RNA Editing in African Trypanosomes: A U-ser’s G-U-ide
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Of the chemical repertoire of RNA processing pathways, one reaction cycle stands out due to its idiosyncratic features. The process has evolved within the mitochondria of only one clad of organisms, the kinetoplastid protozoa (Excavata, Euglenozoa), which include the African trypanosome, the causative agent of sleeping sickness. The process can be categorized as an RNA editing-type reaction. It is characterized by the insertion and/or deletion of uridine nucleotides into otherwise nontranslatable mRNAs. Kinetoplastid RNA editing relies on an exclusive class of trans-acting, small noncoding RNA molecules known as guide RNAs. Furthermore, a unique molecular machinery, the editosome, catalyzes the process. Editosomes represent high-molecular-mass multienzyme assemblies that provide a catalytic surface for the individual steps of the editing reaction cycle. Here I review the current mechanistic model of the editing reaction and I summarize the molecular components and accessory factors of the editosome machinery. Special emphasis is put on the recent discovery of the molecular structure of the editing complex, which allows a first correlation of structural features with functional characteristics.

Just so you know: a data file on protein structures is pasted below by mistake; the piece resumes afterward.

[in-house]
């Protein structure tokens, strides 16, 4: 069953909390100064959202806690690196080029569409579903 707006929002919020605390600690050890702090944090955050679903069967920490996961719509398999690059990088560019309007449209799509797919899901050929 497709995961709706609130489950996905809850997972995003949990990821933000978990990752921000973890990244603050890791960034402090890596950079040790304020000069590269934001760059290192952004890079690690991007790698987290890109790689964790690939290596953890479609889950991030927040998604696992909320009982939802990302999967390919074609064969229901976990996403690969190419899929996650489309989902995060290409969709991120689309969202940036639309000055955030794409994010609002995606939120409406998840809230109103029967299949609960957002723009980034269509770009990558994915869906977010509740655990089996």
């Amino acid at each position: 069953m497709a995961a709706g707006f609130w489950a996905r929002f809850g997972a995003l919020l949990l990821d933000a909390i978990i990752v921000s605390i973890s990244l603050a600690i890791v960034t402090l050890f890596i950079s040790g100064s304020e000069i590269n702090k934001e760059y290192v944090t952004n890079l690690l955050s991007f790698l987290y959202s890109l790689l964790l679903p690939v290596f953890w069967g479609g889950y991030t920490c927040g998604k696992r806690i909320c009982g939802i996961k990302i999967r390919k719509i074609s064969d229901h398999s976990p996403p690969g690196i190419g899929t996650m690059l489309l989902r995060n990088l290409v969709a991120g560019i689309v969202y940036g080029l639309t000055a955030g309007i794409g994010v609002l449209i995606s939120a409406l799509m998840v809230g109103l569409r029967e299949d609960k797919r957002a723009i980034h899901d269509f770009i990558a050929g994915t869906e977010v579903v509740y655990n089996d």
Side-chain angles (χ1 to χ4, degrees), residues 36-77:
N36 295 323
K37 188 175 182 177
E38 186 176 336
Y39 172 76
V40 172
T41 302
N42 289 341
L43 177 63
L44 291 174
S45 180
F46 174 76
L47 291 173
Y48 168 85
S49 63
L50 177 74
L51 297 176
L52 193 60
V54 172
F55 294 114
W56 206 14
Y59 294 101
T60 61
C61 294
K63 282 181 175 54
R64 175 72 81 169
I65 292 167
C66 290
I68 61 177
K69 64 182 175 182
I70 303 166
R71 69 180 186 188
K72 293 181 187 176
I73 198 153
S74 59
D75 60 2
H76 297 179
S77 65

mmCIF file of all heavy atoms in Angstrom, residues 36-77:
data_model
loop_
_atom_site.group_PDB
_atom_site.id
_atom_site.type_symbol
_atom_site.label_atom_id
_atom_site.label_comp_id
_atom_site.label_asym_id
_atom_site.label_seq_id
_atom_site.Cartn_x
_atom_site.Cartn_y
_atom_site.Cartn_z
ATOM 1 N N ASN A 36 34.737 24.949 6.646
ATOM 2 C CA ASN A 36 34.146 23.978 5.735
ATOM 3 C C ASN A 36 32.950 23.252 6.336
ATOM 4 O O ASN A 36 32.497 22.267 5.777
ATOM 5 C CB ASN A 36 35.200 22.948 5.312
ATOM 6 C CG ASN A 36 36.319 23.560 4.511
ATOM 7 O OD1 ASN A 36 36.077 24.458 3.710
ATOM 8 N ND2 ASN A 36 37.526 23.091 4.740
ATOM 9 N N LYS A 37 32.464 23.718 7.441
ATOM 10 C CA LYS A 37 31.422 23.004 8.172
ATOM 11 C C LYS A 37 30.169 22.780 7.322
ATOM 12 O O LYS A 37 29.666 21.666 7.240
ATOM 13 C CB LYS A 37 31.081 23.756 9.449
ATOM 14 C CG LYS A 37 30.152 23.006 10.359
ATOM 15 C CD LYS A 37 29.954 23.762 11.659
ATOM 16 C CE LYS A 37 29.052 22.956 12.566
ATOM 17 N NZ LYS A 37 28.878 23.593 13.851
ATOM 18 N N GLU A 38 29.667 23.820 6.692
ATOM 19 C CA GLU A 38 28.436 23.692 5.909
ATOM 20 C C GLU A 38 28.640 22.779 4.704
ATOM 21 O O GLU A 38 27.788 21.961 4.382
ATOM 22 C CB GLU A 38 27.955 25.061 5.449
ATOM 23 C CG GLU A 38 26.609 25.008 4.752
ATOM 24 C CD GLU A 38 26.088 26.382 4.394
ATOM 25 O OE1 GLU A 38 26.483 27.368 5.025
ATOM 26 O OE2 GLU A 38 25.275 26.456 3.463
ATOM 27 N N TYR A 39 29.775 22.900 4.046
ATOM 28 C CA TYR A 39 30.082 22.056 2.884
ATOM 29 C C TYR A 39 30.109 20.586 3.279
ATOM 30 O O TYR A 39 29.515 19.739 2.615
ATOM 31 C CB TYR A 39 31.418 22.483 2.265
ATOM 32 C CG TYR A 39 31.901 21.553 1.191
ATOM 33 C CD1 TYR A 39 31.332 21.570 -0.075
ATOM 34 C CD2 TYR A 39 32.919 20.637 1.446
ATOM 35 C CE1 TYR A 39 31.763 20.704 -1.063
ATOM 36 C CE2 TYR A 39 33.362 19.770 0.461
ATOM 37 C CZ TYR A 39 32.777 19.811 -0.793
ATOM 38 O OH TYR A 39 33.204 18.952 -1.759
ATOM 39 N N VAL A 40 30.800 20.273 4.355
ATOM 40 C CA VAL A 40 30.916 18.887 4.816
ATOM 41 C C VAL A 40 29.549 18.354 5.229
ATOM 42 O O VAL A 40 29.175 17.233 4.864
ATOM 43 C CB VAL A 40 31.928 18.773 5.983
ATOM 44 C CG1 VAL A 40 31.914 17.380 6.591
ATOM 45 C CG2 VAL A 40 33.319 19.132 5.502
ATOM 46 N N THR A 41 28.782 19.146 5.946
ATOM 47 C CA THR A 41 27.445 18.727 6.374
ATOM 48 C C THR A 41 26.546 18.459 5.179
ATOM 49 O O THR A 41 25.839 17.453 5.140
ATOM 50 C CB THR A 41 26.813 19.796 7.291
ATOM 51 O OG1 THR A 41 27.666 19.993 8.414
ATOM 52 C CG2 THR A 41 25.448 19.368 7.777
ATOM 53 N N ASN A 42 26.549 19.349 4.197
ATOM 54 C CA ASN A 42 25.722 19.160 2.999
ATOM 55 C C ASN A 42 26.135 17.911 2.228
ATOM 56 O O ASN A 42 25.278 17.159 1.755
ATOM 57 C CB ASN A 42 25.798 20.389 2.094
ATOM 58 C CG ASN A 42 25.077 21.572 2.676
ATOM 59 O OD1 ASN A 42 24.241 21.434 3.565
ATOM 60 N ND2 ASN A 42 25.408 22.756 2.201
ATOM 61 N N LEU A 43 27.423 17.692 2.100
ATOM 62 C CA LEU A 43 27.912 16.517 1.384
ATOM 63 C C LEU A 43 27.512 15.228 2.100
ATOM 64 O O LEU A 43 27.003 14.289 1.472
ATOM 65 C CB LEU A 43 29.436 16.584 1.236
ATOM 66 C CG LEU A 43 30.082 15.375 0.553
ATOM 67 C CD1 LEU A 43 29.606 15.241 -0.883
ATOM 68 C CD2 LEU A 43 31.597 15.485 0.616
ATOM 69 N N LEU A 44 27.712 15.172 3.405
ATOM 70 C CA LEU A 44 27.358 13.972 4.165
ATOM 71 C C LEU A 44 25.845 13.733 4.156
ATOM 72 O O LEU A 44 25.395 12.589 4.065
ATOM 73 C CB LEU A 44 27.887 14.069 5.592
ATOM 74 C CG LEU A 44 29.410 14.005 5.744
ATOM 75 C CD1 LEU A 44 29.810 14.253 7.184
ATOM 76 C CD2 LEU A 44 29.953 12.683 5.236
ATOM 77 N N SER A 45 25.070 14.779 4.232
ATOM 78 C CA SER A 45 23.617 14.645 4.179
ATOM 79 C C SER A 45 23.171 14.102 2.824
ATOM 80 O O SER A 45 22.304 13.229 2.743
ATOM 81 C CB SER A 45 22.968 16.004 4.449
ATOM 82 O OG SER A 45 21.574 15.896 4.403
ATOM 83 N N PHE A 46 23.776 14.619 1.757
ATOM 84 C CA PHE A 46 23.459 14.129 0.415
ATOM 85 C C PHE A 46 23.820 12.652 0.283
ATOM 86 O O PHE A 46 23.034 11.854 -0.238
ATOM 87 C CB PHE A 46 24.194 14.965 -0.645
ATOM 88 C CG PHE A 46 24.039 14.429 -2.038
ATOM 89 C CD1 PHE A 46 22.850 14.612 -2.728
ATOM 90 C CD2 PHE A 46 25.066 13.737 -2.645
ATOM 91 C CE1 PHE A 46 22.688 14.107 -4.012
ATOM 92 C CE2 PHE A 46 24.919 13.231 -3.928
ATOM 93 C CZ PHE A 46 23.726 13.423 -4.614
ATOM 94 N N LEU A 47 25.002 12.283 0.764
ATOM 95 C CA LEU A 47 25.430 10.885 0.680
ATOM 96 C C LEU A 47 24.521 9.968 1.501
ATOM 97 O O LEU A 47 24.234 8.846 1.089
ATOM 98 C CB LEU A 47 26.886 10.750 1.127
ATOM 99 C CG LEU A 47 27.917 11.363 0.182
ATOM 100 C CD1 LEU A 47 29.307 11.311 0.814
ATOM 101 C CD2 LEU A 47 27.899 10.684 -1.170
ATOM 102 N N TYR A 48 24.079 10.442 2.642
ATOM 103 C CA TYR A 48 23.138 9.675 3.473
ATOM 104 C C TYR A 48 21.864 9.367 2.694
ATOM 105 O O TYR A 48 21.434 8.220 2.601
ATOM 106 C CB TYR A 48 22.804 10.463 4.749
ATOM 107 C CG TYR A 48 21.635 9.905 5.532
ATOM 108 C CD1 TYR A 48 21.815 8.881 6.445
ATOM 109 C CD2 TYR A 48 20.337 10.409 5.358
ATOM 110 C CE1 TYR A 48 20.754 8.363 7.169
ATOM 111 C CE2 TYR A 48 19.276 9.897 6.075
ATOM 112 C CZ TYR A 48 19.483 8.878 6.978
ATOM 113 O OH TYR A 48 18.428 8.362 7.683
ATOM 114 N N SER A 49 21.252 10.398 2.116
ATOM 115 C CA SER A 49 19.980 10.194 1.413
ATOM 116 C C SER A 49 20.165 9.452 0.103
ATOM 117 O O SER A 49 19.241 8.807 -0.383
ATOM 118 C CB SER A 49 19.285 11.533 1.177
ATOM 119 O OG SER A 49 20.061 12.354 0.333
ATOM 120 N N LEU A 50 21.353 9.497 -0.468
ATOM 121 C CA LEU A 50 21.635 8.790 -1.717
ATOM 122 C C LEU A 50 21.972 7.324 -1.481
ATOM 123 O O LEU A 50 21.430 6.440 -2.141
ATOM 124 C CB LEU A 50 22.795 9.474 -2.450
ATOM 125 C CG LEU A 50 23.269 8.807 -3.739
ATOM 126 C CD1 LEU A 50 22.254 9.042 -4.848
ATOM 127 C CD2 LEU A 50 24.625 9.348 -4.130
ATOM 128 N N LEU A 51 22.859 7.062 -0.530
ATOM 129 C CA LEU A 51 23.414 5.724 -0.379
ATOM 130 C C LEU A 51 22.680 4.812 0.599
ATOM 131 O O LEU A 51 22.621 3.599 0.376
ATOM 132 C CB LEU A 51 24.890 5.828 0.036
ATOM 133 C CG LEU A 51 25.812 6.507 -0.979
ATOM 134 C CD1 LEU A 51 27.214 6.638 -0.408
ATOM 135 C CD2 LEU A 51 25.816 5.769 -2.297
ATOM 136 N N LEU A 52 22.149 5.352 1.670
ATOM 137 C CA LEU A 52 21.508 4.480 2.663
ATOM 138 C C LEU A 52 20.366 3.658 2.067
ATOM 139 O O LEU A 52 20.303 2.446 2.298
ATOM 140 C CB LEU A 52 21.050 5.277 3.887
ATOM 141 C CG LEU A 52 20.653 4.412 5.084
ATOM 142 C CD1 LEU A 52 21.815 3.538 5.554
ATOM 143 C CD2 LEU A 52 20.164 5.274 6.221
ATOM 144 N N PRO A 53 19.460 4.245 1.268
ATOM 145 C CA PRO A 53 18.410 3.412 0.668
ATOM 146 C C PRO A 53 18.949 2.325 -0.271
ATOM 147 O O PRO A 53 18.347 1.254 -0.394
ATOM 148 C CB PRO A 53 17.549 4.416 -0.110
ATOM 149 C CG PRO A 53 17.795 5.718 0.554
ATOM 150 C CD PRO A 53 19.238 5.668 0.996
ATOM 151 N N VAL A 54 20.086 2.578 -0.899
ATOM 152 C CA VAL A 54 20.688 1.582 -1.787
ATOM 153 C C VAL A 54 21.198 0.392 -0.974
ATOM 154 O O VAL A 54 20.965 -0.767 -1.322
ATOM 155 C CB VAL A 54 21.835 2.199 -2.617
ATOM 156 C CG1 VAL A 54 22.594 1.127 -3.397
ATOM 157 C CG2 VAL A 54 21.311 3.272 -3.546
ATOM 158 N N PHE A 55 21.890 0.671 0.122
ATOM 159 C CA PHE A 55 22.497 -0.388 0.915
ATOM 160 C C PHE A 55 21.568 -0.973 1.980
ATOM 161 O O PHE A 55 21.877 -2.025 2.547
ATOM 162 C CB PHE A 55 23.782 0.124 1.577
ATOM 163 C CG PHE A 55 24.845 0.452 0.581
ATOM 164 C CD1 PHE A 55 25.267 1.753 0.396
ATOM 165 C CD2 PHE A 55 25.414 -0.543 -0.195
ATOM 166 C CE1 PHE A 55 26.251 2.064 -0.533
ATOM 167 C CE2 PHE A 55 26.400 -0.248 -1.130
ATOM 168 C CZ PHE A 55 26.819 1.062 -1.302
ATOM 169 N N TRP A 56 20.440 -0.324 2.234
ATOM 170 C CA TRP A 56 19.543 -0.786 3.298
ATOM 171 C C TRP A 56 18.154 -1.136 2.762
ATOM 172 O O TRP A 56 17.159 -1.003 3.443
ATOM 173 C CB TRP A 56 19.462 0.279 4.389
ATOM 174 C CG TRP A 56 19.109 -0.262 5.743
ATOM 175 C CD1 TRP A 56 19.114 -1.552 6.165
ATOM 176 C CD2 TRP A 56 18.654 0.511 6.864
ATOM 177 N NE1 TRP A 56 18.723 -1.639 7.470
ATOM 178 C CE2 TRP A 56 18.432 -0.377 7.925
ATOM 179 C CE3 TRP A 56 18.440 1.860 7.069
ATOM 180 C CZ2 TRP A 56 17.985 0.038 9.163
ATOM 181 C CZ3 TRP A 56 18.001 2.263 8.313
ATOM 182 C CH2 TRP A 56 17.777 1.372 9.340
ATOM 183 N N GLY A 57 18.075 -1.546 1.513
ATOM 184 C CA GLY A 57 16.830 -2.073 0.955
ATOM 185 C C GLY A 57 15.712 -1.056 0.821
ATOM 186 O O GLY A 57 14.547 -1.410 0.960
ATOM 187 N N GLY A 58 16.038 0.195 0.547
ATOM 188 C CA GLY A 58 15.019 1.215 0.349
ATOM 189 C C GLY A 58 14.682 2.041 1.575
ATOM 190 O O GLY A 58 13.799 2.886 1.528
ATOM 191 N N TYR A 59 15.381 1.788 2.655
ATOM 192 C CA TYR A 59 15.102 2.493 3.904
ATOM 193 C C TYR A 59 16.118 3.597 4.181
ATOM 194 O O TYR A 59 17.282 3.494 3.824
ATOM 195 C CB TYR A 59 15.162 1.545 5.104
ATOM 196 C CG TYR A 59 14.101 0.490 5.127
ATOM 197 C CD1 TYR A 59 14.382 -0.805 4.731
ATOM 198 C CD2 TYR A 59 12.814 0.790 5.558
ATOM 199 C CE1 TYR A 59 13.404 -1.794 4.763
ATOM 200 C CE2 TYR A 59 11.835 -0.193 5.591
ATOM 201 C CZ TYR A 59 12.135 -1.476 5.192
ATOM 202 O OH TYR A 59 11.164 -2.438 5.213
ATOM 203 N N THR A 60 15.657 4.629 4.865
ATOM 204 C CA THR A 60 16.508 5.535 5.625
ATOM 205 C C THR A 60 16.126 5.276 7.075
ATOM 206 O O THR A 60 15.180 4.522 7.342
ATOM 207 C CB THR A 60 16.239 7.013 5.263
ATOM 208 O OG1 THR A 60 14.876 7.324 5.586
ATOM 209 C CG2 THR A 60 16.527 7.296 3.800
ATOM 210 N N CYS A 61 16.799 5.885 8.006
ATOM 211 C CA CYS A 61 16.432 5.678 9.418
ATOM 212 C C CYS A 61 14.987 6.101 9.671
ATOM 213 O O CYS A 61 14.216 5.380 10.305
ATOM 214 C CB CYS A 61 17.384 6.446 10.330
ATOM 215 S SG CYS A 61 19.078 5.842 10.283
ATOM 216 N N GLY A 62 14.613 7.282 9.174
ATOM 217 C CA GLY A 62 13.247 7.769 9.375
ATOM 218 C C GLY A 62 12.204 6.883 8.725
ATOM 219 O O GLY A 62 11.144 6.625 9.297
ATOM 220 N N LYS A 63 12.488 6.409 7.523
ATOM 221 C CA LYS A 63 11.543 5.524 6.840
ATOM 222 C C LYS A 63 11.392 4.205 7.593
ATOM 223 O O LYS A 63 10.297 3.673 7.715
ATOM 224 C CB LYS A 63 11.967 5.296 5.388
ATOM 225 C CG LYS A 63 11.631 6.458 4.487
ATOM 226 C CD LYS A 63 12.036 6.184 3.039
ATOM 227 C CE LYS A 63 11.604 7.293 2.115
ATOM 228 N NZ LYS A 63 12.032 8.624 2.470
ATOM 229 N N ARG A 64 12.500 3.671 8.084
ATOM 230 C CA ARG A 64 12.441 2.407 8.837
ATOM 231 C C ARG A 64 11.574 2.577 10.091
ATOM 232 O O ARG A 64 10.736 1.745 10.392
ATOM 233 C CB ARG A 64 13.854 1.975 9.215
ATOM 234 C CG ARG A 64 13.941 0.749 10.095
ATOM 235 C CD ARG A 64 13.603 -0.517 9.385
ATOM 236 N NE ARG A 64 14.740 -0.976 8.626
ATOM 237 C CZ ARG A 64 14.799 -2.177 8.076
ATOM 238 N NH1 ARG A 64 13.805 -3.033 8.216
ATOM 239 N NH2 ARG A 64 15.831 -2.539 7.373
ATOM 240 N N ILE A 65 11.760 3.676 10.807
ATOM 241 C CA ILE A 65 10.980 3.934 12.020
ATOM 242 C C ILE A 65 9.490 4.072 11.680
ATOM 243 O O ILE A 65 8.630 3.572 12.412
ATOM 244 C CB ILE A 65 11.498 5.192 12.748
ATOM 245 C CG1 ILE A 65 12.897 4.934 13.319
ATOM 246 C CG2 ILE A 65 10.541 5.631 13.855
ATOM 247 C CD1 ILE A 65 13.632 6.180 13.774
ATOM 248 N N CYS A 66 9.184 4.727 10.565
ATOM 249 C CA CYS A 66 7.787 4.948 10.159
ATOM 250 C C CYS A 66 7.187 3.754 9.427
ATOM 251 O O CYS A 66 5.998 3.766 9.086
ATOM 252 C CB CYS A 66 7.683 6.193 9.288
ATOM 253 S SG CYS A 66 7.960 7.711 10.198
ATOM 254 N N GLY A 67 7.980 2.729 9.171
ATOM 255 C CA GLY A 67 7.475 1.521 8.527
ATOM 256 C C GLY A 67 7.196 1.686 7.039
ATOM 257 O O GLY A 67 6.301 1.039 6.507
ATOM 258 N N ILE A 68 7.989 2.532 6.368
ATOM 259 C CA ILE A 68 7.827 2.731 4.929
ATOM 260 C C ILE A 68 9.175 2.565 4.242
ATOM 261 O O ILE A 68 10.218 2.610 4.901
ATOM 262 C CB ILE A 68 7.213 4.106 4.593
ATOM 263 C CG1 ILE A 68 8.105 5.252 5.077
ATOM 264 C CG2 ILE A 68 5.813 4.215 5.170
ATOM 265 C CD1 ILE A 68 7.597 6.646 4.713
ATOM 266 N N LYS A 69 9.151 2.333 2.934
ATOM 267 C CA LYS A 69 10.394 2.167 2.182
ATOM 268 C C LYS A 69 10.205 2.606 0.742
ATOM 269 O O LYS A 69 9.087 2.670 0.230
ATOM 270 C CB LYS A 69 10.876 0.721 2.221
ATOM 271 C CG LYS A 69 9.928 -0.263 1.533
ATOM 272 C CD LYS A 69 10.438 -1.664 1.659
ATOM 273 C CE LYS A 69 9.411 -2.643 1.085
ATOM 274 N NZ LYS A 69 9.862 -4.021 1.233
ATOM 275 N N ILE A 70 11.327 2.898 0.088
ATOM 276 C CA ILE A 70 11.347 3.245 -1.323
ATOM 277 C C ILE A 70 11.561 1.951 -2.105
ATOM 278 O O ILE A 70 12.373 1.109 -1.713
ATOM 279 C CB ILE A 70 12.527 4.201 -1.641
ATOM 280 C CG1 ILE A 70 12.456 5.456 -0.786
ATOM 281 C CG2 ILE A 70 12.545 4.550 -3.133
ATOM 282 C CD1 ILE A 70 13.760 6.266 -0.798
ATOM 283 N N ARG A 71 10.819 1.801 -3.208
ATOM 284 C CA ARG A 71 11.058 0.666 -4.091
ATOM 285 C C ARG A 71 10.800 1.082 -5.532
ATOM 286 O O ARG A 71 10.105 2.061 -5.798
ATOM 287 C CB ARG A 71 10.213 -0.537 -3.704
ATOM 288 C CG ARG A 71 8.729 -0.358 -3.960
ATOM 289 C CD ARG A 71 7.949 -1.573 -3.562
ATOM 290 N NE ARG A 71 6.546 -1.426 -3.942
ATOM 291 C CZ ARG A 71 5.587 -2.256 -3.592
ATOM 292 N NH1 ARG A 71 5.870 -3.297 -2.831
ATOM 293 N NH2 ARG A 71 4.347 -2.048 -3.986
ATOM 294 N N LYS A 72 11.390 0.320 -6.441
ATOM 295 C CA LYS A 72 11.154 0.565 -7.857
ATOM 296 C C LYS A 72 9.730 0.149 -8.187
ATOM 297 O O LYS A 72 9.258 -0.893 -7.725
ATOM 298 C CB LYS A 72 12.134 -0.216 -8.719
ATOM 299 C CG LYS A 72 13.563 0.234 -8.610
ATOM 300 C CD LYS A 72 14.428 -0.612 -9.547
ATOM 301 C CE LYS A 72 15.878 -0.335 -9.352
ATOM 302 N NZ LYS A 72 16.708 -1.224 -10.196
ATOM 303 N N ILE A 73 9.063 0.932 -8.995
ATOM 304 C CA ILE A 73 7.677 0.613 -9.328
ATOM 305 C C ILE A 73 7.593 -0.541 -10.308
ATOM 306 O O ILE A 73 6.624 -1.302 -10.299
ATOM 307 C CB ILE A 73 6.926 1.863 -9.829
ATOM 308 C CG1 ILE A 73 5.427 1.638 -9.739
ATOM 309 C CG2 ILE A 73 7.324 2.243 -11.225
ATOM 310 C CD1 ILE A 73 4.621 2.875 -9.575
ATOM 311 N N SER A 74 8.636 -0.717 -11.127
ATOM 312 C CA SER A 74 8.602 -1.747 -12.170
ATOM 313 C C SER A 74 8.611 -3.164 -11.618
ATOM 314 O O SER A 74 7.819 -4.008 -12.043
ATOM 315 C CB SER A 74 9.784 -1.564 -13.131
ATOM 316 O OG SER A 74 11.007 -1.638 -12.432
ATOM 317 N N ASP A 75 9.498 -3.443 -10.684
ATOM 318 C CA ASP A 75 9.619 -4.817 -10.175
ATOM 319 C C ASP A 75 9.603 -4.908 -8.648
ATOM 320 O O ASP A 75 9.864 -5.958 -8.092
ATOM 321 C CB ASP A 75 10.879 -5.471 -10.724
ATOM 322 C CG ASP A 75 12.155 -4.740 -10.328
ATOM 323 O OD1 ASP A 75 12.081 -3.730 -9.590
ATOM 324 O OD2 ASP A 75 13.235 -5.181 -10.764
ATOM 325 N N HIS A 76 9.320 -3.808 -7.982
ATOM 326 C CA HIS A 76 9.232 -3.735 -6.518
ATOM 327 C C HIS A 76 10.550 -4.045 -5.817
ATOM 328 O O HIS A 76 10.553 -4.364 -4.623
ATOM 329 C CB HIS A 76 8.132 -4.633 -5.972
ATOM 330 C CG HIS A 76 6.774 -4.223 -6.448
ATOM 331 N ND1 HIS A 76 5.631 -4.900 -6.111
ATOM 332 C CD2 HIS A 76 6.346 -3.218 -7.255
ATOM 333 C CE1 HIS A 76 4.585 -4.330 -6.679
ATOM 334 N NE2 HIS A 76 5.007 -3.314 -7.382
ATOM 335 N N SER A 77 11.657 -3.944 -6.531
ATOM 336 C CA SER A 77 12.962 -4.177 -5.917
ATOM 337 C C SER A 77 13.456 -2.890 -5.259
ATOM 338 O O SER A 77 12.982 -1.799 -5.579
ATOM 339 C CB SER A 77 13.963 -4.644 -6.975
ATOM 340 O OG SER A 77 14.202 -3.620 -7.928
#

KeywordsAfrican trypanosomes Editosome Guide RNA Kinetoplastids Mitochondria Pre-mRNA RNA editing
This work was supported by the Howard Hughes Medical Institute (HHMI), the German Research Foundation (DFG), and the Dr. Illing Foundation. The author would like to thank all members of the laboratory (past and present) for their contributions and their enthusiasm. Mike Roskope is acknowledged for discussions and comments on the manuscript. Holger Stark, Monika M. Golas, and Bjoern Sander are thanked for a productive cooperation.
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